AAOS Bulletin - October, 2005

Medical liability reform: What’s it going to take?

Stuart L. Weinstein, MD

The results of last fall’s elections left all of us with renewed hopes of achieving meaningful federal medical liability reform. With the President’s first post-election trip to the “judicial hellhole” of the United States—Illinois’ St. Clair and Madison counties—and his highlighting of medical liability reform in the State of the Union Address, our hopes were elevated even further. We could see victory for patient access to care on the horizon.

Since then, however, we have seen victories in certain areas of liability reform but no movement on medical liability reform.

Although the House has once again passed liability reform just as it did twice in the last Congress, the Senate remains at impasse. Other issues, like the confirmation of Supreme Court nominees and hurricane relief efforts, have taken center stage and will occupy it for some time to come.

Successes so far

So what will it take to get meaningful federal medical liability reform? I will attempt to answer the question by first looking back at where we have been and where we want to go.

Just about 18 months ago, we began our efforts at the federal level and also attempted to help state orthopaedic associations achieve constitutionally sustainable liability reform at the state level. The total commitment by the American Association of Orthopaedic Surgeons (AAOS), both in manpower and in financial resources, was the model for other medical associations. We made significant contributions to successful state efforts, either with direct funding to state orthopaedic associations or through Doctors for Medical Liability Reform (DMLR), that resulted in successful reform efforts in Texas, Mississippi, Missouri, Georgia, South Carolina, Nevada and Wyoming. Currently we are supporting efforts in Maine and in Washington state, where voting on an important ballot initiative will soon take place.

With these successes at the state level, we can feel very proud of the progress we’ve made in a relatively short time. But a recent (July 2005) decision by the Wisconsin State Supreme Court overturning that state’s cap on noneconomic damages in medical liability cases demonstrates the fragility of state reform and highlights the needs for a federal solution.

The DMLR contributed more than $10 million to increase public awareness of the disastrous affects of the liability crisis on access to care. Our efforts contributed to victory in six of eight Senate races last election cycle and helped raise the medical liability reform issue to a major issue in the minds of the electorate. All candidates for public office had to declare their position on the issue.

Phase II underway

We began Phase II of our DMLR public awareness campaign in October of this year and plan to build momentum as we move toward the 2006 elections. We still need a few more votes in the Senate to achieve our goal. This will only occur if those sitting on the fence or those opposed to medical liability reform hear from their constituents.

Phase II will build on our previous activities and keep medical liability reform at the forefront of the national debate. It will position the DMLR as a top resource to the media, the Congress, the physician community and the public on medical liability issues. The fully integrated, targeted campaign is message-driven, and the message is: Pass medical liability reform.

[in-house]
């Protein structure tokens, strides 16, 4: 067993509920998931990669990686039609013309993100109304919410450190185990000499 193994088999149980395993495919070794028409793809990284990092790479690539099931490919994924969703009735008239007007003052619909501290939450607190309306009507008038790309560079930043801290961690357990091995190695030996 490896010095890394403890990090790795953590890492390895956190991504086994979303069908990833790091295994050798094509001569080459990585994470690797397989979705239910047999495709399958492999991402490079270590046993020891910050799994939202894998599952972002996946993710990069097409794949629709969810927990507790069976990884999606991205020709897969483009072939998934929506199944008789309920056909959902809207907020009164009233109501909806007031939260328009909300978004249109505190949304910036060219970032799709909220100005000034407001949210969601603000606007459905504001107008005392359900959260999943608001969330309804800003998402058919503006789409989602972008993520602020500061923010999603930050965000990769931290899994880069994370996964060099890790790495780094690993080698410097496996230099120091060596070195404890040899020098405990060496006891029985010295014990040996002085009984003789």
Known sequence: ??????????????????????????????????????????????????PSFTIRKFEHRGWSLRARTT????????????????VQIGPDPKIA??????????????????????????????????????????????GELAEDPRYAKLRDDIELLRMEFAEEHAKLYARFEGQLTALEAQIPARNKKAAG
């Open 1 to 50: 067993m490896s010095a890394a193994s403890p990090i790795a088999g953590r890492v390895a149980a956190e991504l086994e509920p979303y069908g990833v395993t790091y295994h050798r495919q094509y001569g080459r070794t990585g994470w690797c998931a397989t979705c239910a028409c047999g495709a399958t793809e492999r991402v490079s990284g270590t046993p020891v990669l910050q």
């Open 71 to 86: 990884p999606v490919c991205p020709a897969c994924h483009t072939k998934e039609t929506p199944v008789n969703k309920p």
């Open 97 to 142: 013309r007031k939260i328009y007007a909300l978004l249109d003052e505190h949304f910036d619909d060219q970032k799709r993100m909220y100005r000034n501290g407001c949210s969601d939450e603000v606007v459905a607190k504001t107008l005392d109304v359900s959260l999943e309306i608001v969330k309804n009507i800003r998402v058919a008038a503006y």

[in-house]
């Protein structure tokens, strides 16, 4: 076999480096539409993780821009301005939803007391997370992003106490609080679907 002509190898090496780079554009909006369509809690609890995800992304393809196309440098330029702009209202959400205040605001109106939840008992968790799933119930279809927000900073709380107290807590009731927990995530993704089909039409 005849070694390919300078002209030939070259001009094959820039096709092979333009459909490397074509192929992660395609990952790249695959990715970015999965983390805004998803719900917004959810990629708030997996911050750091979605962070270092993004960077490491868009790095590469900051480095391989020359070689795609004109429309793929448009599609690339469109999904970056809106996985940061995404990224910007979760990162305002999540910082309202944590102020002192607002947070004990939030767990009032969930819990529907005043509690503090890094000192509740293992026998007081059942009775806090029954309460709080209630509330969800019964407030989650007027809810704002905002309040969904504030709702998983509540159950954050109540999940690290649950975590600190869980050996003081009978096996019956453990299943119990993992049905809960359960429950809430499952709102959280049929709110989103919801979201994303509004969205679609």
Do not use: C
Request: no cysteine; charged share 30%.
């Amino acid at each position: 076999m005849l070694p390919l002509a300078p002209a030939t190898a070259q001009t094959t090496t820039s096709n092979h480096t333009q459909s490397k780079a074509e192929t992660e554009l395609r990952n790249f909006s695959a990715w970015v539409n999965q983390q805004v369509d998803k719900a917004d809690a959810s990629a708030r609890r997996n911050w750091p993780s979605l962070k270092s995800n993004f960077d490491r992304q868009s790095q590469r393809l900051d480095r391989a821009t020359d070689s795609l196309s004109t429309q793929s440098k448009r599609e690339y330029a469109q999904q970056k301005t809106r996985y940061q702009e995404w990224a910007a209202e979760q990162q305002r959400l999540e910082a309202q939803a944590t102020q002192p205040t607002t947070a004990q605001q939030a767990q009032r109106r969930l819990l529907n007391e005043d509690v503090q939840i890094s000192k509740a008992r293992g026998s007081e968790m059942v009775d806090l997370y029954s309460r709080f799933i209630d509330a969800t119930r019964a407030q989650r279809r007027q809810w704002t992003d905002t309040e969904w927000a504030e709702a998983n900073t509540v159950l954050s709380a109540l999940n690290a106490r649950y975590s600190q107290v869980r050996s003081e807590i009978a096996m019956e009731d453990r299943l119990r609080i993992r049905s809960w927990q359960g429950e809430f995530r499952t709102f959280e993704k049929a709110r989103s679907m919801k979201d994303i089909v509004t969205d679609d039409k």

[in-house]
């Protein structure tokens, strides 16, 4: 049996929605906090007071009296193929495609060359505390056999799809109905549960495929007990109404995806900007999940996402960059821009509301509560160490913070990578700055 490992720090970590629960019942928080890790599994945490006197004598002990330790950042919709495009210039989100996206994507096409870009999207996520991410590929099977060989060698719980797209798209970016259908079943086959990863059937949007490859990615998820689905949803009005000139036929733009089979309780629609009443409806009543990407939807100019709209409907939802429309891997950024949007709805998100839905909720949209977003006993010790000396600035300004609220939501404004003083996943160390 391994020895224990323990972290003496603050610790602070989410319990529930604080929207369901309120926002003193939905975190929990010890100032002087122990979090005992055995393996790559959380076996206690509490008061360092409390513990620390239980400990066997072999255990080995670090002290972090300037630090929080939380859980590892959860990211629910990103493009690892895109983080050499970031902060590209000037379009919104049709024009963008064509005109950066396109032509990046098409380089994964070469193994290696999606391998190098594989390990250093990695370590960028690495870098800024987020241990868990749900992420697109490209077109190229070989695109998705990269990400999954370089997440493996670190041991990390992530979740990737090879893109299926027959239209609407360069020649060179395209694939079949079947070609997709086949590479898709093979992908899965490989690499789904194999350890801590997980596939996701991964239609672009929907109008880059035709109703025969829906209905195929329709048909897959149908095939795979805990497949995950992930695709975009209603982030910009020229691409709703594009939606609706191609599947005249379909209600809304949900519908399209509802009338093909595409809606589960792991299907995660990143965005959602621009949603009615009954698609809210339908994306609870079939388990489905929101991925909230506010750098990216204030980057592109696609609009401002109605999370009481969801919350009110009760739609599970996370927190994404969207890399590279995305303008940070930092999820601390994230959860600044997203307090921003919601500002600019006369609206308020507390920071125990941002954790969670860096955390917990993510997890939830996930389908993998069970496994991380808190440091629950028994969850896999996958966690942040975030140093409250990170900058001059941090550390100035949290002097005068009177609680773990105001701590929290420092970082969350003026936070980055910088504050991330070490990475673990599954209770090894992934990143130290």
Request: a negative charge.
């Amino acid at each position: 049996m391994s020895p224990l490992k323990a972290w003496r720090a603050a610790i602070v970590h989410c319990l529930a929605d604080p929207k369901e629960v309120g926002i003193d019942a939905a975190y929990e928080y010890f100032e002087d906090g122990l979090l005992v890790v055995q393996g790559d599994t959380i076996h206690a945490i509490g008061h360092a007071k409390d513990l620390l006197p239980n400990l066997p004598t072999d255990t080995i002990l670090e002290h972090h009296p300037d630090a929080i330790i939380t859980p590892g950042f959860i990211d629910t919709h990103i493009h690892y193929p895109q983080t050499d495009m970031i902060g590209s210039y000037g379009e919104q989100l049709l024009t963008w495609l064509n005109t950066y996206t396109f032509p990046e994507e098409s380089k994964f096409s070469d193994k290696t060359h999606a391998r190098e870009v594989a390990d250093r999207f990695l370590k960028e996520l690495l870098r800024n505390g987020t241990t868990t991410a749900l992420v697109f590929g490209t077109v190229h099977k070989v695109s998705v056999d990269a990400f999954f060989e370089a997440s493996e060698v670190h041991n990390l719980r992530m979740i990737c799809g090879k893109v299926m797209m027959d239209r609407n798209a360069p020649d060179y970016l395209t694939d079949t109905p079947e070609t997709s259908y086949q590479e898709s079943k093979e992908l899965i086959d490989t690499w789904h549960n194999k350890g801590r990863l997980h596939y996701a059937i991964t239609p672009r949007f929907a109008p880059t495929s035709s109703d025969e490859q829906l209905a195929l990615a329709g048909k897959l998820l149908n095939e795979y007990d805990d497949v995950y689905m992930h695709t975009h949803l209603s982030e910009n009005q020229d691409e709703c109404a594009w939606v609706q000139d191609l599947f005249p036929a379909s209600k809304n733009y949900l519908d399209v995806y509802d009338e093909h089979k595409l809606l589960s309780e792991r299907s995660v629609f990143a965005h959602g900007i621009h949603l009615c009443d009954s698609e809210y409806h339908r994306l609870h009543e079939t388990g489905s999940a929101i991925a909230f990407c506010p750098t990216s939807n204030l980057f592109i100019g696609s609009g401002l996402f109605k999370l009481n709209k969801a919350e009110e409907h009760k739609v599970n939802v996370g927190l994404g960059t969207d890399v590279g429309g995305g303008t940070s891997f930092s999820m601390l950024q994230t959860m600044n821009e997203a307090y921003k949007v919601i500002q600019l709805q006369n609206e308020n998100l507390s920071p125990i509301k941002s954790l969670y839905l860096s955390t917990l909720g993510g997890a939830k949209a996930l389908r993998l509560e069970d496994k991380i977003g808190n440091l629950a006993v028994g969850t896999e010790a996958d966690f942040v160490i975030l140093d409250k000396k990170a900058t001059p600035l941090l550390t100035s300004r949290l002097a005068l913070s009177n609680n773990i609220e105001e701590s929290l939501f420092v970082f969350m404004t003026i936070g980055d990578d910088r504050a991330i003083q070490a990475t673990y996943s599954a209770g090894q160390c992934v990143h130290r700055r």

It is not enough for a few doctors or medical organizations to lead the charge. The only way we will win is to get our patients mobilized. The DMLR campaign is geared to do just that by building a grassroots network of patients and physicians, mobilized to put politicians on notice. The message will be that access to care for Americans is in jeopardy until this issue is resolved—either fix it or we will elect representatives who will!

Financial support

The answer to the question—what’s it going to take?—is 100% participation by every member of the AAOS in Phase II of the campaign. In Phase I, only 8 percent of members contributed to the campaign; this level of support will not enable us to achieve our goal. The AAOS has pledged $1.7 million for the 2005-2006 election cycle.

Over the next few months, you may receive a telephone call on my behalf, asking you to contribute to the AAOS medical liability reform campaign. I hope that you will consider a contribution of $1,000 or whatever you can give to aid in our efforts to educate the public on the need to enact meaningful medical liability reform. We also will be contacting those of you who contributed to the Phase I campaign, asking you to again consider making a contribution to the Phase II effort. It is only through your generous contributions that we will have a chance of enacting state and federal medical liability reform.

We not only need every member to contribute financially, we also need every member to make their patients aware of the issue and give them the opportunity to be a part of our grassroots network. AAOS will help you get the message to your patients and give them the opportunity to participate. The Wisconsin example should give members in “safe states” pause. No state is safe until there is federal medical liability reform! We must achieve federal medical liability reform and we can only achieve it with member commitment. That’s what it is going to take.

Stuart L. Weinstein, MD

Chairman, Doctors for Medical Liability Reform

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